Letter to the Chairman of the Committee
Thank you for your letter of 24 April 2002 regarding
the preparatory process and outcomes of the UN Conference on Financing
for Development. I hope you were as pleased as we were with the
renewed commitment to partnership by both developed and developing
countries in Monterrey, Mexico, to achieve concrete development
Administrator Natsios requested that I respond
on his behalf to the three questions posed in your letter.
1. 0.7 per cent ODA/GNP target: The US has
never endorsed the UN target of providing 0.7 per cent of our
GNP in the form of Official Development Assistance (ODA). This
target was developed in the late 1960s, an era in which ODA was
the primary source of capital flows to developing countries and
capital flows were perceived to be the driving force of development.
In today's world, neither of these conditions remains true.
In the 1960s, over 70 per cent of all financial
flows from the US to developing countries were in the form of
ODA. Today, 80 per cent of US financial flows to developing countries
are private flows, including investment, philanthropy (eg corporate,
NGOs, foundations) and remittances. In terms of volume, ODA is
no longer the dominant force it once was.
Experience and our current development theory
tell us that development largely depends not on the volume of
capital flows, but on the efficiency with which they are used.
Efficient resource use is accomplished through improvements in
policy and institutional environments, investments in people,
and the adoption of new technology. The most appropriate role
for ODA today is to effect these changes.
2. MDGs: The US has not officially endorsed
the Millennium Development Goals (MDGs) as outlined in the UN
document "Road map towards the implementation of the United
Nations Millennium Declaration". It should be noted that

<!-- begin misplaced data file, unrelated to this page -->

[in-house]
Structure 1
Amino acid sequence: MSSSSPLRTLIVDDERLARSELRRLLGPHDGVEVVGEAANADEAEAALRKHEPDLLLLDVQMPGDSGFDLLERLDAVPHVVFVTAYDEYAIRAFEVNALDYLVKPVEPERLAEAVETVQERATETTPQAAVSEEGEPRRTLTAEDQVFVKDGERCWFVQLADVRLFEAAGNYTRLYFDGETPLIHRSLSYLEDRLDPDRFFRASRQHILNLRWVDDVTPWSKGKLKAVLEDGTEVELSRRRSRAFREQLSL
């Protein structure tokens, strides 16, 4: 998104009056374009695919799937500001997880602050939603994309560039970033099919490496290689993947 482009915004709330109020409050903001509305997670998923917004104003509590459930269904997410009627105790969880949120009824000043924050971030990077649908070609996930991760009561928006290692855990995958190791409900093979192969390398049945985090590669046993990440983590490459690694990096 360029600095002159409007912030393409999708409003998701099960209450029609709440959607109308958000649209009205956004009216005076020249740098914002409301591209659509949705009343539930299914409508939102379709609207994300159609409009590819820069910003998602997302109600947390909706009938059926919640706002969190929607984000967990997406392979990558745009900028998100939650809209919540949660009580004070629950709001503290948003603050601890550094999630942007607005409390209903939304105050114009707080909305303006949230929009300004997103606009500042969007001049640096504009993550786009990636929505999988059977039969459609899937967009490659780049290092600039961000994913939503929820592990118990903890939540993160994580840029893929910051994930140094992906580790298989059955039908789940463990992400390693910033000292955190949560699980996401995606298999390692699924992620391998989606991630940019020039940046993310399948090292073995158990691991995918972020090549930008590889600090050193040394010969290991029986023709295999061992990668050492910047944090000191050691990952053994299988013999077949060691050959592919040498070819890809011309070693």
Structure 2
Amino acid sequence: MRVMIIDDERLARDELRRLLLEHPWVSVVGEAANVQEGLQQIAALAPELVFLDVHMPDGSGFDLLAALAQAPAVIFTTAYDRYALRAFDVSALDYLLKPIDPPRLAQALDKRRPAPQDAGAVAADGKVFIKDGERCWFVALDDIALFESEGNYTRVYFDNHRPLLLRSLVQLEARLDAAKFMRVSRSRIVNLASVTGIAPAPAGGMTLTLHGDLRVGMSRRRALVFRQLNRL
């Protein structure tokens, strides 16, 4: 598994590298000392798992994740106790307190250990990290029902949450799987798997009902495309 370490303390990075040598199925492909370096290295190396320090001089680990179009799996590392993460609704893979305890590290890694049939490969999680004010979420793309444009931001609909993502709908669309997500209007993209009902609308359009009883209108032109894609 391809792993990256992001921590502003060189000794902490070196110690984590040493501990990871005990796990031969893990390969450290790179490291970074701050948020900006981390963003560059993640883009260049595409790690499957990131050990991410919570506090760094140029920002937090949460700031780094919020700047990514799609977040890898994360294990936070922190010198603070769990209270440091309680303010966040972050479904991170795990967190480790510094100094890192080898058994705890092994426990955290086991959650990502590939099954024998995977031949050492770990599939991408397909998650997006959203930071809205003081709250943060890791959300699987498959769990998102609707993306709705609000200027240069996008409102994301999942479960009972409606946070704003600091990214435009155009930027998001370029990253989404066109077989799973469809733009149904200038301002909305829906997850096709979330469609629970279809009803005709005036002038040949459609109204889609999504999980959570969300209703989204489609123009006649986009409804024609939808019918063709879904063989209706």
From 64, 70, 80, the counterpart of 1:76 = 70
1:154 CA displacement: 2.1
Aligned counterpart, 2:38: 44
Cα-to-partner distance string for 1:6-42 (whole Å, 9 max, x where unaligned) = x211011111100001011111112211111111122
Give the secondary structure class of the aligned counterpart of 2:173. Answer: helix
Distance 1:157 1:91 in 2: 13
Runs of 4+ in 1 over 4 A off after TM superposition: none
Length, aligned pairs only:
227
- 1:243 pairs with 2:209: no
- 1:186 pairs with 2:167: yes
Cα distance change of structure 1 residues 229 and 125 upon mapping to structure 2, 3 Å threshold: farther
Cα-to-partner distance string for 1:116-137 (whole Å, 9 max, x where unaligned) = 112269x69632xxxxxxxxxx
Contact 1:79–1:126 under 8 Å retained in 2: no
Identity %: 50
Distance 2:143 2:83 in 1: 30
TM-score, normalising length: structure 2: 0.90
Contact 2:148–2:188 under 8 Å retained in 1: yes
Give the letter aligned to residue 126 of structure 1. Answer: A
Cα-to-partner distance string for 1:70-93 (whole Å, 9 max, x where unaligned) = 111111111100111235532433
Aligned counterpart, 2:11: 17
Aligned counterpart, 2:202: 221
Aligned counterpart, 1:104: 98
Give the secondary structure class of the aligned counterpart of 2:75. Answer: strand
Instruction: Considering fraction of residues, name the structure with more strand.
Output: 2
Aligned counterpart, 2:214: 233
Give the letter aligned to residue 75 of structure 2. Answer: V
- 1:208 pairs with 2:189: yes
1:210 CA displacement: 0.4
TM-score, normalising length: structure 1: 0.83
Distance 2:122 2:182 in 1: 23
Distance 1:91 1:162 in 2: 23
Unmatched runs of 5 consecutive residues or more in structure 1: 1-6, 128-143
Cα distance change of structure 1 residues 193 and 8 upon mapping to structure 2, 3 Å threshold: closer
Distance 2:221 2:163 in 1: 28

the MDGs have not yet been brought before any international forum
for formal endorsement of the International Development Goals
(IDGs), the subsequent endorsement of the IDGs at the 1998 G-8
Summit, and the signing of the Millennium Declaration in September
2000. Though substantively similar, the MDGs do not correspond
exactly to the range of goals agreed in these other forums.
The US does believe that indicators for measuring
progress toward development goals should be distinguished from
an official endorsement of principles by the international community.
While potentially useful from an analytical perspective, the proposed
indicators for measuring progress toward the MDGs should be separated
from any future official endorsement of the MDGs themselves.
3. Data on private charitable/philanthropic
contributions: The US provides data to the OECD/DAC on private
charitable and philanthropic donations from the US to developing
countries on an annual basis. In 2000, grants by US private voluntary
agencies totalled $4,069 million. The second largest donor of
these types of funds was Germany, contributing $846 million in
2000. For the US, the 1999, 1998 and 1997 reported figures stood
at $3,981 million, $2,906 million , and $2,518 million, respectively,
demonstrating a growing interest on the part of US private voluntary
organisations in developing issues.
We do, however, have reason to believe that
such figures greatly underestimate actual contributions from private
charitable and philanthropic organisations to developing countries.
Due to our country's private laws, submission of such data by
these organisations to government agencies is strictly voluntary.
I hope you find these to be helpful answers
to your questions. Please feel free to contact us again if we
can be of further assistance.
Patrick M Cronin
Bureau for Policy and Program Co-ordination, USAID